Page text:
Hepatitis in Hattiesburg, MS

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Across the world, nearly 300 million people are going about their lives not knowing that they have a condition called viral hepatitis. Hepatitis, according to its most fundamental definition, involves liver inflammation. The most common types are hepatitis A, hepatitis B, and hepatitis C. These three types of hepatitis are named in reference to the form of virus that is the reason for liver inflammation. Each single type of viral hepatitis can practically be considered a unique disease, as each type responds to separate treatments. If you or a family member suspects or has been diagnosed with a type of hepatitis, call Hattiesburg GI Associates, PLLC. Our board-certified gastroenterology specialists commonly treat individuals with hepatitis in Hattiesburg, MS.

The virus referred to as hepatitis A (HAV) is known to be extremely contagious and often infects individuals who eat or drink something that has been exposed to feces or another person that has the disease. Though highly transmittable, it is not very dangerous compared to the other forms. HAV can be avoided with vaccination and can be treated by a medical practitioner.

People with hepatitis A could have the following symptoms:

  • Fever
  • Decreased appetite
  • Unexplained weight loss
  • A yellowing of the eyes and/or skin
  • Pain in the abdominal area
  • Exhaustion
  • Dark urine (indicating jaundice)
  • Vomiting and nausea
  • Diarrhea

The most prevalent treatment option for hepatitis A is to get plenty of rest, drink fluids, and avoid alcoholic drinks. In most instances, hepatitis A will clear up on its own. To prevent hepatitis A, patients can get a vaccine from their medical provider or our Hattiesburg, MS gastroenterology office.

The form known as hepatitis B (HBV) is a more serious type of the hepatitis virus. In the absence of medical care, it can potentially cause cancer of the liver and liver failure. When adults get hepatitis B, their bodies can typically fight it off over a few months. Once the virus has waned, the patient will become immune to it. If an individual contracts hepatitis B during birth, however, the disease is unlikely to subside. Hepatitis B is typically passed via saliva, blood, sexual fluids, sharing a needle with a person infected with the virus, or from mother to child.

Some of the common symptoms and signs of hepatitis B include:

  • Jaundice
  • Aching joints
  • Pain in the abdominal area
  • Persistent fatigue
  • Appetite loss
  • Vomiting
  • Fever
  • Light-colored stool

If you have been infected by the hep B virus, it is vital for your health to see your healthcare practitioner or contact Hattiesburg GI Associates, PLLC as soon as possible. The quicker you get care, the better for your health. Your doctor will most likely advise a vaccine for HBV and additional antiviral drugs.

Usually spread via bodily fluids (such as blood), hepatitis C (HCV) is an additional virus that can injure your liver. It can manifest itself in two separate variations, acute hepatitis C or chronic hepatitis C.

  • Acute hepatitis C is less concerning and often takes six months to subside, after which the majority of people's natural immune response will defeat the viral infection.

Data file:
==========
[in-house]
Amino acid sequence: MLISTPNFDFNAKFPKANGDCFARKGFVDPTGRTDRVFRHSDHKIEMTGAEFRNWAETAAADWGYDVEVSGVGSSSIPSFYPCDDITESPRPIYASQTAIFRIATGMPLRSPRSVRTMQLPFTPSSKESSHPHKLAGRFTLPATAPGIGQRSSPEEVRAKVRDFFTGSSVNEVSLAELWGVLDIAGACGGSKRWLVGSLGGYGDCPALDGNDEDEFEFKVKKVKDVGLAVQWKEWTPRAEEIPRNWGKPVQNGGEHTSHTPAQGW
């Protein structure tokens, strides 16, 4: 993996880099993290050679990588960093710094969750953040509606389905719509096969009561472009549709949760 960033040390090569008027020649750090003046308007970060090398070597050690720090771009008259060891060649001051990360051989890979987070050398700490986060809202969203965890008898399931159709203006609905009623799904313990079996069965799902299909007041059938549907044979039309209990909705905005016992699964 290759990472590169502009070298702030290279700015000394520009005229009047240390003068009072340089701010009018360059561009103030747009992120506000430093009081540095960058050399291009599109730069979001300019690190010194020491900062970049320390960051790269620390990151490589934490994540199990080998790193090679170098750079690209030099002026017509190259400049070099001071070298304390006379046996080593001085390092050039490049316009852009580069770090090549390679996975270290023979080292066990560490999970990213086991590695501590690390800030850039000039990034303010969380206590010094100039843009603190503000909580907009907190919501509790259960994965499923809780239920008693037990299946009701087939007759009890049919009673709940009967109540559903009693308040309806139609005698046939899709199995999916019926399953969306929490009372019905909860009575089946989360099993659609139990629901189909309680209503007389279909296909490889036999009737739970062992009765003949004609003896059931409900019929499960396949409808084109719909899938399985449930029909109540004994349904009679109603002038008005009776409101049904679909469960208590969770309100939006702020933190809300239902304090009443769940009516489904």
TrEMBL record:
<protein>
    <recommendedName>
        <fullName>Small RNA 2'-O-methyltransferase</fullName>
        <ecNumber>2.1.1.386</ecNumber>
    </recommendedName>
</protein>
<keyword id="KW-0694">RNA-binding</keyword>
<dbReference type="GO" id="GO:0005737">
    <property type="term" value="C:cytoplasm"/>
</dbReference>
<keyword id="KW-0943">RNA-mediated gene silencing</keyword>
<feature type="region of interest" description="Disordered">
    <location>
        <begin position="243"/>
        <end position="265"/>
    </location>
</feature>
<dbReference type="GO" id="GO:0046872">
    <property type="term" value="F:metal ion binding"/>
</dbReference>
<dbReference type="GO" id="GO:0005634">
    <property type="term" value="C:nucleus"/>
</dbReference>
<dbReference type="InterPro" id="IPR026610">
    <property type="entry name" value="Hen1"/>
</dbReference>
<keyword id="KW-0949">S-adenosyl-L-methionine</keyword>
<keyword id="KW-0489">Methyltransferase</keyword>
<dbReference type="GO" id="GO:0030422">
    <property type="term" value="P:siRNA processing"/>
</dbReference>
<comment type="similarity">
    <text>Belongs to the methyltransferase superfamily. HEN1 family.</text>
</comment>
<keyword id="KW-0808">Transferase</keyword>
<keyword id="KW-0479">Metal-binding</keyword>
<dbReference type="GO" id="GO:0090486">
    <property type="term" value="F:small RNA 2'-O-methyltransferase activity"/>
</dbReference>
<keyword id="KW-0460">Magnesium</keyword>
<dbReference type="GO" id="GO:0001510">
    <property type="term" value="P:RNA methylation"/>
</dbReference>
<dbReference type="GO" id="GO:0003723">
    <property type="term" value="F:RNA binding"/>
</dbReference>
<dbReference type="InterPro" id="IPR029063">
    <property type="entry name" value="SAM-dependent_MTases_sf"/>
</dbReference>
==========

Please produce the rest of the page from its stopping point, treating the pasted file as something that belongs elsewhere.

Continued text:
• Chronic hepatitis C arises when your immune system cannot fight off the infection in the first six months and it infects the body for a prolonged amount of time. Unfortunately, this may result in longer-term medical problems, such as liver cirrhosis or liver cancer.

The most common signs and symptoms of hepatitis C are as follows:

  • Swelling in the legs
  • Confusion
  • Jaundice (yellow skin and eyes, dark urine)
  • Slurred speech
  • Bleeding easily
  • Clay-colored stool
  • Nausea and vomiting
  • Unintentional weight loss
  • Extreme fatigue
  • Pain in the abdominal area
  • Joint pain
  • Bruise easily
  • Itchy skin
  • Decreased appetite

HCV has a cure rate of greater than 90%. Routine treatment methods for hepatitis C include:

  • Antiviral drugs
  • Liver transplant (chronic HCV)
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The greatest prevention against developing hepatitis A or B is to undergo vaccination for the virus. It is advised to have children vaccinated for hepatitis A somewhere between the ages of 12 – 23 months, but people can also get the vaccine at any time after that. Vaccination for hepatitis B is typically provided to newborns, but it is also available for patients at any stage of their lives. There is no vaccine for hepatitis C.

Additional healthy methods to prevent the development of hepatitis include:

  • Using protection when having sex
  • Being sure to always wash your hands after using the restroom or coming into contact with any bodily fluids
  • Avoiding eating uncooked meat, consuming unclean water and food, and eating food from street vendors
  • Do not share personal hygiene products, like razors, toothbrushes, etc.
  • Making certain any needles you use have been properly sterilized, such as when getting piercings or if using illicit drugs
  • Before traveling, determining whether the location you are going has elevated rates of hepatitis infection

Though a hepatitis infection can lead to significant conditions, such as hepatic cancer and loss of liver function, treatment can be obtained with help from your gastrointestinal physician. If you are experiencing any unusual gastrointestinal signs or symptoms such as those discussed above, call Hattiesburg GI Associates, PLLC as soon as possible. As a skilled physician-led group of gastroenterology specialists, we endeavor to deliver quality, patient-centered care. To find out more about the treatments available for all types of hepatitis in Hattiesburg, MS, talk to our friendly support staff today.

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